Fear, Emptiness, Decibel: Converge’s You Fail Me Inducted into the Hall of Fame
Before there were blogs there were these things called magazines, and the only metal magazine we still get excited about reading every month is Decibel. Here’s managing editor Andrew Bonazelli…
We’ve put Converge on the cover of Decibel to coincide with every one of their new albums since they released You Fail Me in September of 2004 (way back in issue #2). That’s four straight full-lengths, and to borrow from Bruce Willis in Pulp Fiction, we don’t feel the least bit bad about it. They’re one of the most innovative, influential, athletic and ferocious bands in not just modern hardcore, but extreme music at large (whether or not they have an Encyclopaedia Metallum page), so no shit they were overdue for a second dB Hall of Fame. The fact that it wound up being You Fail Me makes for a cool in-house full circle story at camp Decibel, but more importantly, actively dispels the myth that Jane Doe is the end-all, be-all of their career.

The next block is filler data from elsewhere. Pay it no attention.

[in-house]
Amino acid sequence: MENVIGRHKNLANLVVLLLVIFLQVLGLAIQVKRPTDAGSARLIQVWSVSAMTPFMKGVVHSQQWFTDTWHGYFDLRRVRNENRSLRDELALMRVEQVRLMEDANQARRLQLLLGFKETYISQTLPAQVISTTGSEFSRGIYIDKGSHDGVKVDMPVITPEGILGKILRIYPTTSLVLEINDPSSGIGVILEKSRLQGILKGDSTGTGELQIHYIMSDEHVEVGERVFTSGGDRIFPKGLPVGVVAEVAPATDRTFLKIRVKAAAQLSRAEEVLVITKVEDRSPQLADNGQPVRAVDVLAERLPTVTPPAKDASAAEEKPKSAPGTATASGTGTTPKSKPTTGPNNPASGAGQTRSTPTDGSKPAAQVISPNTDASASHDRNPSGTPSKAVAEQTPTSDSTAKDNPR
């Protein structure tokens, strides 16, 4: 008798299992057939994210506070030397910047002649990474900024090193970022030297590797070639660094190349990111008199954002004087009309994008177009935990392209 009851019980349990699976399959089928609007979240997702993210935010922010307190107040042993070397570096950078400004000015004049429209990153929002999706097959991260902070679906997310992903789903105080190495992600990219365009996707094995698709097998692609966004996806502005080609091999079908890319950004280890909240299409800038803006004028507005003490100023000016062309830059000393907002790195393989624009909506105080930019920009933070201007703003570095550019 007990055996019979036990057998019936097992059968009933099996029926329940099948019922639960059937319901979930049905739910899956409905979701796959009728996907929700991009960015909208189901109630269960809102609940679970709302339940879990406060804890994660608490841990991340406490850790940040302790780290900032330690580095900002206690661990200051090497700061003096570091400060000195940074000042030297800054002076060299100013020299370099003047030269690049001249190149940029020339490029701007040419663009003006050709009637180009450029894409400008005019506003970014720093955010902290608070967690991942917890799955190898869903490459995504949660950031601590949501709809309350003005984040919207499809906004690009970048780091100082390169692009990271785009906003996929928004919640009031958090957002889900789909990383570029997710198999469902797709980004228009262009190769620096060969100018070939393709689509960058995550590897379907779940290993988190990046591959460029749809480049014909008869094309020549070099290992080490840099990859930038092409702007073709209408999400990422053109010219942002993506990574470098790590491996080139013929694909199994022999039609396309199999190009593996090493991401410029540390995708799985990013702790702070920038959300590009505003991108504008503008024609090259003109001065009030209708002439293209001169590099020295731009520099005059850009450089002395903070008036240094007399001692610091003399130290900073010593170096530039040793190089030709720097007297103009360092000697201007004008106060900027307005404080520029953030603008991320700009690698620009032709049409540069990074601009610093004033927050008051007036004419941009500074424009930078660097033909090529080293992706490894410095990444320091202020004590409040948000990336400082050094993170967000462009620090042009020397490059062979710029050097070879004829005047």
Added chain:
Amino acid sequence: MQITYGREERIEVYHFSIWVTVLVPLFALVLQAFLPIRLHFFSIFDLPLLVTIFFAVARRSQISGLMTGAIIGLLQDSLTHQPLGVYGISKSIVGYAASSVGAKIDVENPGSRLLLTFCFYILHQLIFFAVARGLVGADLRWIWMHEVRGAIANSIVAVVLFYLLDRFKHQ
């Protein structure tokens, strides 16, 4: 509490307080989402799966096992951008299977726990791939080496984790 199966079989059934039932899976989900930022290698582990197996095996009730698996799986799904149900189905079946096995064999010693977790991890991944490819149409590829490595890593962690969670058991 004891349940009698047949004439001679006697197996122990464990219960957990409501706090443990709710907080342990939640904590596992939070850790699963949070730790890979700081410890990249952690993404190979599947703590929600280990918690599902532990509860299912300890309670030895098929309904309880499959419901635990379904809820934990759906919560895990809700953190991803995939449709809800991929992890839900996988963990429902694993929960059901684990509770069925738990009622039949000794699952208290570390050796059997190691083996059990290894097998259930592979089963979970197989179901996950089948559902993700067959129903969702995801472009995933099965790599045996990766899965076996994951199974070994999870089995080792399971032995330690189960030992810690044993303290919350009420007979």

Not that we’re going off-the-grid contrarian here and bagging on Jane; we named it the top extreme album of the ’90s in a special issue a couple years ago, and stick by that assessment with pride. And we’re sure that many of you agree. But, as you’ll read in this oral history, the Bay State quartet considers You Fail Me the album where they ripped through their leg braces Forrest Gump-style (sorry, I don’t know why the ’94 Oscars keep coming up; I don’t have any inane references for Shawshank, Quiz Show or Four Weddings and a Funeral, promise) and galvanized their formidable whirlwind of riffs, fills and anguished poetry into… shit, I’m hesitant to use such fart-sniffing terminology, but songcraft. That lurching, crushing, bending one-note riff in the title track is just the start, a foundation for the many risks Converge would take (and land, emphatically) in the ensuing 11 years.
Jake Bannon, Kurt Ballou, Nate Newton and Ben Koller have only enhanced their scene bona fides in that timespan, from their music together and apart to their contributions to visual art, engineering and production. Yet they couldn’t be more unpretentious and thoughtful in reminiscing upon the task of following up a universally-agreed-upon classic. Check out the YOF HOF in the February issue.